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时间: 2019年12月15日 17:45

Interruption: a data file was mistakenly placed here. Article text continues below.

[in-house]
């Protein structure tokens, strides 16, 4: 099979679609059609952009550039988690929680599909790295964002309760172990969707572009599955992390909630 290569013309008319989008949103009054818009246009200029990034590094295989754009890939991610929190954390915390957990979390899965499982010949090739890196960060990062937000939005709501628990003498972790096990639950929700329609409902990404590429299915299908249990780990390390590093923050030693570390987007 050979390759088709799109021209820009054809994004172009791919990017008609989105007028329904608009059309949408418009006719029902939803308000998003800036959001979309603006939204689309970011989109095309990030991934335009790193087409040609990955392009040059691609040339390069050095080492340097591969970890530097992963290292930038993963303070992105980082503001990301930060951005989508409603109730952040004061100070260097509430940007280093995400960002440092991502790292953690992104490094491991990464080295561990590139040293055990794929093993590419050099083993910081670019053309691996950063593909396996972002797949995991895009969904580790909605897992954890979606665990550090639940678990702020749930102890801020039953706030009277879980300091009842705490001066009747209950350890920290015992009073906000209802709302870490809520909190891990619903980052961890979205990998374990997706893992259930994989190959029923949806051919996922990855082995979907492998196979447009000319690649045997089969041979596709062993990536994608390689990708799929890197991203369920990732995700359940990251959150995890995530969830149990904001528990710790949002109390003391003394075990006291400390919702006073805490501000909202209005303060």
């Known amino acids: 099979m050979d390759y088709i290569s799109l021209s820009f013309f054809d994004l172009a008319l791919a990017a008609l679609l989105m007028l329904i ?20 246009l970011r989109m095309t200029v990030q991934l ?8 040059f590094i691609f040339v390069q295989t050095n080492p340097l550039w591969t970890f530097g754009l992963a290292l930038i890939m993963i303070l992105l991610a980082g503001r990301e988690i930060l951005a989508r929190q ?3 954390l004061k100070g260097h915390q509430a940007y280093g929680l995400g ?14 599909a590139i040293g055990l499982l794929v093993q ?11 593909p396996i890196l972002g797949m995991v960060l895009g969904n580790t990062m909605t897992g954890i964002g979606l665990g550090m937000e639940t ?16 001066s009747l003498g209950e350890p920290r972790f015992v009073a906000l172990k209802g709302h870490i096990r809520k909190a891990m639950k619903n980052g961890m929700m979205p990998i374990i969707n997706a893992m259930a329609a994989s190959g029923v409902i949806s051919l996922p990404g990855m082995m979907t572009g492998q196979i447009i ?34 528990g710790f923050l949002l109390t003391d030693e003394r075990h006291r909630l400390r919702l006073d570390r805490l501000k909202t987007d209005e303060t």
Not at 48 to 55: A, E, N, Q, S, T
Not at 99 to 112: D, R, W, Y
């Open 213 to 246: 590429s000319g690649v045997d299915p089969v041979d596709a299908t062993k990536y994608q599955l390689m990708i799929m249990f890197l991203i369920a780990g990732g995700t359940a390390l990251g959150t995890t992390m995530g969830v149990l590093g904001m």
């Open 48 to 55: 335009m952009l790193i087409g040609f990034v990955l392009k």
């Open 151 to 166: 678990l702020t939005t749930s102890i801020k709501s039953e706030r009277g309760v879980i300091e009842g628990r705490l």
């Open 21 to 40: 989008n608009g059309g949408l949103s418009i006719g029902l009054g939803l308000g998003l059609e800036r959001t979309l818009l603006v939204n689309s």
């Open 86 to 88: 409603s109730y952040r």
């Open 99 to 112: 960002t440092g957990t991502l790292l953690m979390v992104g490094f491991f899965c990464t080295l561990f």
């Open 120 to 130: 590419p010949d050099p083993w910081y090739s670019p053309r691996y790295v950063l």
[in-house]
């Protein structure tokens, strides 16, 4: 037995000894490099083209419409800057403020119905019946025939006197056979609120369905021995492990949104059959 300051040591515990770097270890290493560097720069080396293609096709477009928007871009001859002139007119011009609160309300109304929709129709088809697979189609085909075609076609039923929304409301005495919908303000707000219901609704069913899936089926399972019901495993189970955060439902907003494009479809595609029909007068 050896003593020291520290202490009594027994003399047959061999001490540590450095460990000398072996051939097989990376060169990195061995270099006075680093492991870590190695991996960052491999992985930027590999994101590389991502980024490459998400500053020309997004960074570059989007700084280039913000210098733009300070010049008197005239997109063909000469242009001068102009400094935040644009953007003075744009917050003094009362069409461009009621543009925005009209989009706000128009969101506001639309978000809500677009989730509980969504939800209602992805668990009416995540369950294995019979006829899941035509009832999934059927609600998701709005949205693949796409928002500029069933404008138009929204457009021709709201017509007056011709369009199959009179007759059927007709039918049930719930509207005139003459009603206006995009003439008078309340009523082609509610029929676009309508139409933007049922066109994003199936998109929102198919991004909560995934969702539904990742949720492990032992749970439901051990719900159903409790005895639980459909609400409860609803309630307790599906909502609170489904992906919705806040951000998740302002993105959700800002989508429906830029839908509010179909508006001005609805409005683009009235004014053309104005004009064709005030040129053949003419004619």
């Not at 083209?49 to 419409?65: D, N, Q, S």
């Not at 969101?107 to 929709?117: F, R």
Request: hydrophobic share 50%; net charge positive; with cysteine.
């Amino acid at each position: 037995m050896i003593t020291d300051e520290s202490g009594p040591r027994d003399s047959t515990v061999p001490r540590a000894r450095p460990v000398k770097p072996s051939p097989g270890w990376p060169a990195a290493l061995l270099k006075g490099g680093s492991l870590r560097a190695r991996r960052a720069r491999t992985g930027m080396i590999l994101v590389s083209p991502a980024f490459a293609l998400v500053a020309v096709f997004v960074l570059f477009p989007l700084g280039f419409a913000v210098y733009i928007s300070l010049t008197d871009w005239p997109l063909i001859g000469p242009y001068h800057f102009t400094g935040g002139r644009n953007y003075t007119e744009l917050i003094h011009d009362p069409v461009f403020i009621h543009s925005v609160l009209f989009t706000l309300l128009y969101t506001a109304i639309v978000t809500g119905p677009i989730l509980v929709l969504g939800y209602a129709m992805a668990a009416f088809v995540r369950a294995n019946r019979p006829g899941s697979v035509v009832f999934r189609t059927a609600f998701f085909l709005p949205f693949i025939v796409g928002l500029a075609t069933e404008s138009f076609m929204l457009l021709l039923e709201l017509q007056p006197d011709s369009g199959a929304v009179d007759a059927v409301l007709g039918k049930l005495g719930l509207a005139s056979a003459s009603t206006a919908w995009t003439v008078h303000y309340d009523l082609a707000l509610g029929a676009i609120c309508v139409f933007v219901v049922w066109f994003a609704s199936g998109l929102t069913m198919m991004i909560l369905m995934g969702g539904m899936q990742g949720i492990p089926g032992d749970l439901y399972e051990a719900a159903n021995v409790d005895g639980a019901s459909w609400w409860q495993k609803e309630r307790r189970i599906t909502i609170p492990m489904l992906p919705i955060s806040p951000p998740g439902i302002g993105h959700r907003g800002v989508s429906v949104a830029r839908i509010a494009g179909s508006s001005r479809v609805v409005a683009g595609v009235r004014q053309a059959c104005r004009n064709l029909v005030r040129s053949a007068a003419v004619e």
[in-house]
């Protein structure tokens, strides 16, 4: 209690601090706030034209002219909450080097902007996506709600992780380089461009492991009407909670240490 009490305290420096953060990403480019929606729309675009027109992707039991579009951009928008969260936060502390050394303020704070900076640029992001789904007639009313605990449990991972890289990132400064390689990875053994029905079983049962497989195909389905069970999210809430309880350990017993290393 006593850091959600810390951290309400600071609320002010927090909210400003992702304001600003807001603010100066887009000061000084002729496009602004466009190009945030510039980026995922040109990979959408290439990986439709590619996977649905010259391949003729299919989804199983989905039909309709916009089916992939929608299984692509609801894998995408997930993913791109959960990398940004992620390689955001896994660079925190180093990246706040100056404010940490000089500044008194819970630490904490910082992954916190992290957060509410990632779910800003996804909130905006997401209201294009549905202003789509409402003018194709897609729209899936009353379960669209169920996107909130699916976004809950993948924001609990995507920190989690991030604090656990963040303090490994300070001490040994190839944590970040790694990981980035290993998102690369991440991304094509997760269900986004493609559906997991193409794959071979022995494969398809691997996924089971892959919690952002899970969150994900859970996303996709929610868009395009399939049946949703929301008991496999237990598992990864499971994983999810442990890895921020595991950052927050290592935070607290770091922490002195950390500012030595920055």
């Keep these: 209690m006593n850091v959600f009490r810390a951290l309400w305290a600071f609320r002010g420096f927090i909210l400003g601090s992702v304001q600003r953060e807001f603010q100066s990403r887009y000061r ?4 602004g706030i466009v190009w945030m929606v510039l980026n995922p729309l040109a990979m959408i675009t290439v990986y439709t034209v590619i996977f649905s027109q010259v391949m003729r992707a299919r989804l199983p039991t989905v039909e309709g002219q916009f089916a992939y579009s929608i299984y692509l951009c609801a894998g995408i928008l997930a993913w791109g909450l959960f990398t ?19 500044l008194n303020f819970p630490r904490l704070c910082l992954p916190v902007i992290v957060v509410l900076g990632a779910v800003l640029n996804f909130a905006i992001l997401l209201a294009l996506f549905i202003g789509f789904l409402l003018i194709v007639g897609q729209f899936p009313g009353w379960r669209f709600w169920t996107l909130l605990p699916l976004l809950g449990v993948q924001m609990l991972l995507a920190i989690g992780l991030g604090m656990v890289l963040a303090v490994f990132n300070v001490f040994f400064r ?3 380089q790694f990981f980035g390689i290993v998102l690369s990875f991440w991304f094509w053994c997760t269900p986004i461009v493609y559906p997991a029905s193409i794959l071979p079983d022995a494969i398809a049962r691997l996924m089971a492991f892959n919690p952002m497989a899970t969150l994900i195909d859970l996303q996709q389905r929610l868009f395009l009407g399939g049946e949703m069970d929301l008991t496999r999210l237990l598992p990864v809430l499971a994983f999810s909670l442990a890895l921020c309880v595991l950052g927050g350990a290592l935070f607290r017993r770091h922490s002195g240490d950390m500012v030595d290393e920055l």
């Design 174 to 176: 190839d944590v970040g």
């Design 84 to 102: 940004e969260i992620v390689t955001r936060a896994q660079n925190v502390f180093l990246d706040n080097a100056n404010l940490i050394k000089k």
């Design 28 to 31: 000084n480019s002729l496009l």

Mrs. Kenyon's heart stood still with sickening fear, for the voice was that of Dr. Fox. � CHAPTER III. MAKING THE AMENDE. � N ICHOLAS BUNDY was disappointed by his first failure, but by no means discouraged. The next day he met Mr. Crimp in the street. 久久草视频-a一天堂网-成年轻人观看视频免费-欧美激情视频 The sooner we get to our hotel the better for both of us, said Disney. "We are dusty and weather-beaten, and altogether bad company. Good night, Mrs. Hazelrigg." With regard to those degrading punishments to which females are subjected, by being sent to professional whippers, or by having such functionaries sent for to the house,鈥攁s John Caphart testifies that he has often been, in Baltimore,鈥攚hat can be said of their influence both on the superior and on the inferior class? It is very painful indeed to contemplate this subject. The mind instinctively shrinks from it; but still it is a very serious question whether it be not our duty to encounter this pain, that our sympathies may be quickened into more active exercise. For this reason, we give here the testimony of a gentleman whose accuracy will not be doubted, and who subjected himself to the pain of being an eye-witness to a scene of this kind in the calaboose in New Orleans. As the reader will perceive from the account, it was a scene of such every-day occurrence as not to excite any particular remark, or any expression of sympathy from those of the same condition and color with the sufferer. � At the close of the seven days' retreat, McClellan, who had with a magnificent army thrown away a series of positions, writes to Lincoln that he (Lincoln) "had sacrificed the army." In another letter, McClellan lays down the laws of a national policy with a completeness and a dictatorial utterance such as would hardly have been justified if he had succeeded through his own military genius in bringing the War to a close, but which, coming from a defeated general, was ridiculous enough. Lincoln's correspondence with McClellan brings out the infinite patience of the President, and his desire to make sure that before putting the General to one side as a vainglorious incompetent, he had been allowed the fullest possible test. Lincoln passes over without reference and apparently without thought the long series of impertinent impersonalities of McClellan. In this correspondence, as in all his correspondence, the great captain showed himself absolutely devoted to the cause he had in mind. Early in the year, months before the Peninsular campaign, when McClellan had had the army in camp for a series of months without expressing the least intention of action, Lincoln had in talking with the Secretary of War used the expression: "If General McClellan does not want to use the army just now, I would like to borrow it for a while." That was as far as the Commander-in-chief ever went in criticism of the General in the field. While operations in Virginia, conducted by a vacillating and vainglorious engineer officer, gave little encouragement, something was being done to advance the cause of the union in the West. In 1862, a young man named Grant, who had returned to the army and who had been trusted with the command of a few brigades, captured Fort Donelson and thus opened the Tennessee River to the advance of the army southward. The capture of Fort Donelson was rendered possible by the use of mortars and was the first occasion in the war in which mortars had been brought to bear. I chanced to come into touch with the record of the preparation of the mortars that were supplied to Grant's army at Cairo. Sometime in the nineties I was sojourning with the late Abram S. Hewitt at his home in Ringwood, New Jersey. I noticed, in looking out from the piazza, a mortar, properly mounted on a mortar-bed and encompassed by some yards of a great chain, placed on the slope overlooking the little valley below, as if to protect the house. I asked my host what was the history of this piece of ordnance. "Well," he said, "the chain you might have some personal interest in. It is a part of the chain your great-uncle Israel placed across the river at West Point for the purpose of blocking or at least of checking the passage of the British vessels. The chain was forged here in the Ringwood foundry and I have secured a part of it as a memento. The mortar was given to me by President Lincoln, as also was the mortar-bed." This report naturally brought out the further question as to the grounds for the gift. "I made this mortar-bed," said Hewitt, "together with some others, and Lincoln was good enough to say that I had in this work rendered a service to the State. It was in December, 1861, when the expedition against Fort Donelson and Fort Henry was being organised at Fort Cairo under the leadership of General Grant. Grant reported that the field-pieces at his command would not be effective against the earthworks that were to be shelled and made requisition for mortars." The mortar I may explain to my unmilitary readers is a short carronade of large bore and with a comparatively short range. The mortar with a heavy charge throws its missile at a sharp angle upwards, so that, instead of attempting to go through an earthwork, it is thrown into the enclosure. The recoil from a mortar is very heavy, necessitating the construction of a foundation called a mortar-bed which is not only solid but which possesses a certain amount of elasticity through which the shock of the recoil is absorbed. It is only through the use of such a bed that a mortar can be fired from the deck of a vessel. Without such, protection, the shock would smash through the deck and might send the craft to the bottom. You had better try some champagne.